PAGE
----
In fact, clearing a mortgage is one of the most popular uses of equity release – especially for those reaching the end of their interest-only term without an adequate repayment strategy in place.

Myth 3: You have to receive the full amount of the loan at once

Not true. You do not have to receive the full amount as one lump sum if you choose not to and you can receive the loan in installments to reduce the amount of interest you accumulate.

Many people choose to receive smaller amounts of their loan over a period of time as receiving a large amount of the loan at once could affect their pension and other benefits they be otherwise entitled to.

Releasing equity with bad credit

Adverse credit is a term used to describe a less-than-perfect record of repaying credit commitments. If you have adverse credit it could mean that you have negative payment information on your credit report. Examples of this include:

  • Low credit score
  • Late payments
  • Mortgage arrears
  • Defaults
  • CCJs
  • Debt management plans
  • IVA
  • Bankruptcy
  • Repossession

Many borrowers in circumstances where they have bad credit on their files worry that it will have a negative affect on their ability to get approved for a buy-to-let equity release mortgage. But, in some cases, it’s quite possible to find a lender willing to help.

Releasing equity on a buy-to-let with bad credit

If you’re looking to raise capital borrowing on a normal buy-to-let mortgage, as a further advance with your current lender, a second charge with a new lender, or a portfolio mortgage, the lender will base much of their decision on your credit history.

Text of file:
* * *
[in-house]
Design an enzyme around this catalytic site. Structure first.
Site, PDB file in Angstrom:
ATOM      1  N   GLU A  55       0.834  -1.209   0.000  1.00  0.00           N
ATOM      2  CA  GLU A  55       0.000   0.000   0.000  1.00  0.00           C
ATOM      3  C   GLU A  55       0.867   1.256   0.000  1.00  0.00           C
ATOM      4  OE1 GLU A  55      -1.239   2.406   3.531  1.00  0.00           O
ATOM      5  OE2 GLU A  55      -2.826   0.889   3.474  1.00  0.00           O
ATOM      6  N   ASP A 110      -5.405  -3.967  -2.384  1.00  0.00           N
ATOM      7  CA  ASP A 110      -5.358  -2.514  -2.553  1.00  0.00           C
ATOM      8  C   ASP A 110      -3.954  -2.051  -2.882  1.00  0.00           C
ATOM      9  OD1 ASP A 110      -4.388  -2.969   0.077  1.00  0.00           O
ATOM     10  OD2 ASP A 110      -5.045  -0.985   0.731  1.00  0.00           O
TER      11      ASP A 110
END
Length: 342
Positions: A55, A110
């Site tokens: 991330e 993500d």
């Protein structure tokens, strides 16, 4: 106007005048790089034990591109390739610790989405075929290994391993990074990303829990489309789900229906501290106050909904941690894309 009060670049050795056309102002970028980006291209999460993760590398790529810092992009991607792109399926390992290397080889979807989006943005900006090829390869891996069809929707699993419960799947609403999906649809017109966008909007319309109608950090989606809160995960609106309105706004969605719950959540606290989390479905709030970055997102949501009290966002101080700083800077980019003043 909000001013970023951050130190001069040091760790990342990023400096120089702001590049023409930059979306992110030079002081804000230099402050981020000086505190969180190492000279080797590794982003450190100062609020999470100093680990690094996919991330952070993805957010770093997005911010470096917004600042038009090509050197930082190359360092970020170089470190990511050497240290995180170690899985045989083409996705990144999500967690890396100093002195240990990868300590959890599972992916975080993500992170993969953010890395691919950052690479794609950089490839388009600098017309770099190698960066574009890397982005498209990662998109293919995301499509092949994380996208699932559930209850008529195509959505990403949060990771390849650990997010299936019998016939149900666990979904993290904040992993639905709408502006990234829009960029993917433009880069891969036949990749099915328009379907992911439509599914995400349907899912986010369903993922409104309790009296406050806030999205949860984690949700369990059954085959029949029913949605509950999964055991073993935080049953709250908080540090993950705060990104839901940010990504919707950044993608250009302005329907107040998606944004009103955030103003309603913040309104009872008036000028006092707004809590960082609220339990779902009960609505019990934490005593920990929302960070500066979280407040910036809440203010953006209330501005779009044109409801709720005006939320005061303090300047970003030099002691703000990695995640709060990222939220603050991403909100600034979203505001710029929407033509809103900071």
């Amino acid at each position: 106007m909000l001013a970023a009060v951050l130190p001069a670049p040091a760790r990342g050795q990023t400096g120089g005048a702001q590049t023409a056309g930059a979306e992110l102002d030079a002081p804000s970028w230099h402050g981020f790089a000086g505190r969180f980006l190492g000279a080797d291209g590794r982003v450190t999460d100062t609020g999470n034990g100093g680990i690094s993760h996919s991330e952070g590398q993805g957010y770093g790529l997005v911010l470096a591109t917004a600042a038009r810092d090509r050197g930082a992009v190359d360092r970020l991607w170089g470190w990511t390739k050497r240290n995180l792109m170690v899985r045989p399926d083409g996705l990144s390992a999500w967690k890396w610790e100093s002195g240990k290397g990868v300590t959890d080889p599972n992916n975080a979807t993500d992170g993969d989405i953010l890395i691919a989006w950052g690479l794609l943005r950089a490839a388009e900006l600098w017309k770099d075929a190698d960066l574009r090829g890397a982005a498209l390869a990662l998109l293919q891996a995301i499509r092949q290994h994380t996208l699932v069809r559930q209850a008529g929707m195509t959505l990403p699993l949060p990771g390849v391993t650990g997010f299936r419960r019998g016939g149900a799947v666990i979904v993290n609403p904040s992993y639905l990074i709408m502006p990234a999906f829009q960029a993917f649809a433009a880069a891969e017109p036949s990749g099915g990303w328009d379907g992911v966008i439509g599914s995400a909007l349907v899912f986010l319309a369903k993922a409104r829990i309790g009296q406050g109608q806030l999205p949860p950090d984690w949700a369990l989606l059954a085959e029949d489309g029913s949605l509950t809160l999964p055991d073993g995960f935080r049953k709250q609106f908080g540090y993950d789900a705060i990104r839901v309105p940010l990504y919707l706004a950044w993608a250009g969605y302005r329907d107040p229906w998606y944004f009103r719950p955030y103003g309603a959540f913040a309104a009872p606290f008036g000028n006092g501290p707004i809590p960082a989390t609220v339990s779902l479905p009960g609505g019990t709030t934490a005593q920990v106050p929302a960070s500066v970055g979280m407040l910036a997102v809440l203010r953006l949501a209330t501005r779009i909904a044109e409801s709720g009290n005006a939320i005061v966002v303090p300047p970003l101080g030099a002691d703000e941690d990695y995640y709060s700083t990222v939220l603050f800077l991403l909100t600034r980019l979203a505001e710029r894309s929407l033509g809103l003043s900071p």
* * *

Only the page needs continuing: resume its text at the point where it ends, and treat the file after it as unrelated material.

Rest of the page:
Larger lenders and high street banks may reject your application as they have stricter criteria. However, there are lenders who will approve on minor defaults, and others where there’s been a default on a secured loan, which is one of the most severe types of default to have on your credit file.

When it comes to lifetime mortgages, credit history is less relevant than it would be for someone who is seeking to borrow a normal mortgage, requiring them to maintain repayments, because there are no payments to make due to the interest being rolled up. Credit history, however, does still influence the maximum loan to value you may be able to release, which is why it pays to shop around for the best deal.

Which is where using a whole-of-market mortgage broker, like those we work with, can help…

Speak to an expert

If you’re considering applying for an equity release mortgage, there are a range of lenders who will consider your application and help you through the process. Every lender takes different criteria into consideration, whether you have adverse credit or multiple buy-to-let properties.

Because of the differentiating policies on what they do and don’t accept, it’s best to take advice from an experienced professional before applying to lenders as this can affect your credit score.

We only work with qualified advisors we trust, so you can rest assured that we’ll pass you on to a broker with the right experience. Call 0808 189 2301 or make an enquiry here for a free, no-obligation chat and we’ll match you with a broker who can help.

Updated: 11th February 2020
OnlineMortgageAdvisor 2020 ©

FCA disclaimer

*Based on our research, the content contained in this article is accurate as of most recent time of writing. Lender criteria and policies change regularly so speak to one of the advisors we work with to confirm the most accurate up to date information. The info on the site is not tailored advice to each individual reader, and as such does not constitute financial advice. All advisors working with us are fully qualified to provide mortgage advice and work only for firms who are authorised and regulated by the Financial Conduct Authority. They will offer any advice specific to you and your needs. Some types of buy to let mortgages are not regulated by the FCA. Think carefully before securing other debts against your home. As a mortgage is secured against your home, it may be repossessed if you do not keep up with repayments on your mortgage. Equity released from your home will also be secured against it.